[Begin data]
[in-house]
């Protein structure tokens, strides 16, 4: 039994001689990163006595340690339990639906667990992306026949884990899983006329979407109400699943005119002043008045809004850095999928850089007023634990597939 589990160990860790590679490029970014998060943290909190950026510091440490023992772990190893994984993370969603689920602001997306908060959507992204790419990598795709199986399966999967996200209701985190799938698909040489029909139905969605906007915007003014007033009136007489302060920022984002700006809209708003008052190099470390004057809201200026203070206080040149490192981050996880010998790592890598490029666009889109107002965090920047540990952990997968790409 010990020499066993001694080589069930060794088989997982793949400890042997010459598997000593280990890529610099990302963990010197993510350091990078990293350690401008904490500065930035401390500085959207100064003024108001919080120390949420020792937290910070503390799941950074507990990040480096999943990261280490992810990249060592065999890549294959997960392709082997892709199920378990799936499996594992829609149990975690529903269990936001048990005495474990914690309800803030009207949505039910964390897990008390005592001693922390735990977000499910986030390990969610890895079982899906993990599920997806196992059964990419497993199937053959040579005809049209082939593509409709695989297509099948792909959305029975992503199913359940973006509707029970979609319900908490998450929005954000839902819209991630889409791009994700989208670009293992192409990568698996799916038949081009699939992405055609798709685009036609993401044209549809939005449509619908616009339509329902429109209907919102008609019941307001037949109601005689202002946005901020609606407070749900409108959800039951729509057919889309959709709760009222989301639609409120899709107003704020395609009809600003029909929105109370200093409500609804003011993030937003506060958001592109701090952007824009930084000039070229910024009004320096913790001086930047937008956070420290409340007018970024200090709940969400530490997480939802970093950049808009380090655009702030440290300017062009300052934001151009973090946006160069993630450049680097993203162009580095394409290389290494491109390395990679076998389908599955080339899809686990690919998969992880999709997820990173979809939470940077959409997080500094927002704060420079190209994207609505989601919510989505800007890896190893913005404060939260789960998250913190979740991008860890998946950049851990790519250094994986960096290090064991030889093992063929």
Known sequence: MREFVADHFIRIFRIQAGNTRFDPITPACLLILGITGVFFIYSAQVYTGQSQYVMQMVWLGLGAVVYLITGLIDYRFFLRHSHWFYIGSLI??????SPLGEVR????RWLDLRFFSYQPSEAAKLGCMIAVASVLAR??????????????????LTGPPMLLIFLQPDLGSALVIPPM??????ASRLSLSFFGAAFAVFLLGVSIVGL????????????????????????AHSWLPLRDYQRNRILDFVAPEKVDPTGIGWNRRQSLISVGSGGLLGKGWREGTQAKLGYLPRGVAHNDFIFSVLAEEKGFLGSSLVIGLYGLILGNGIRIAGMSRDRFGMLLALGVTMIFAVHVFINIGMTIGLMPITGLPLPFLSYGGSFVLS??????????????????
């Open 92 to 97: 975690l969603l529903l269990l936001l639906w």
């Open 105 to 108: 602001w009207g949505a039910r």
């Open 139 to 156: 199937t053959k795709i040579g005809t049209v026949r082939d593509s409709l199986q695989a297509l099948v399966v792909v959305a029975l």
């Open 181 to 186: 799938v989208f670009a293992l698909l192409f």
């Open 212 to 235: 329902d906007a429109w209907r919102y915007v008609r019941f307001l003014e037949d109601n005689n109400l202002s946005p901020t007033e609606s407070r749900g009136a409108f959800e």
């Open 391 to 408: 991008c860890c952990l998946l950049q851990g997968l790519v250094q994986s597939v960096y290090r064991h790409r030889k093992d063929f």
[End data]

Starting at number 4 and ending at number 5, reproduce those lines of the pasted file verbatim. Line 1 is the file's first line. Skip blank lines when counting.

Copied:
């Open 92 to 97: 975690l969603l529903l269990l936001l639906w």
């Open 105 to 108: 602001w009207g949505a039910r």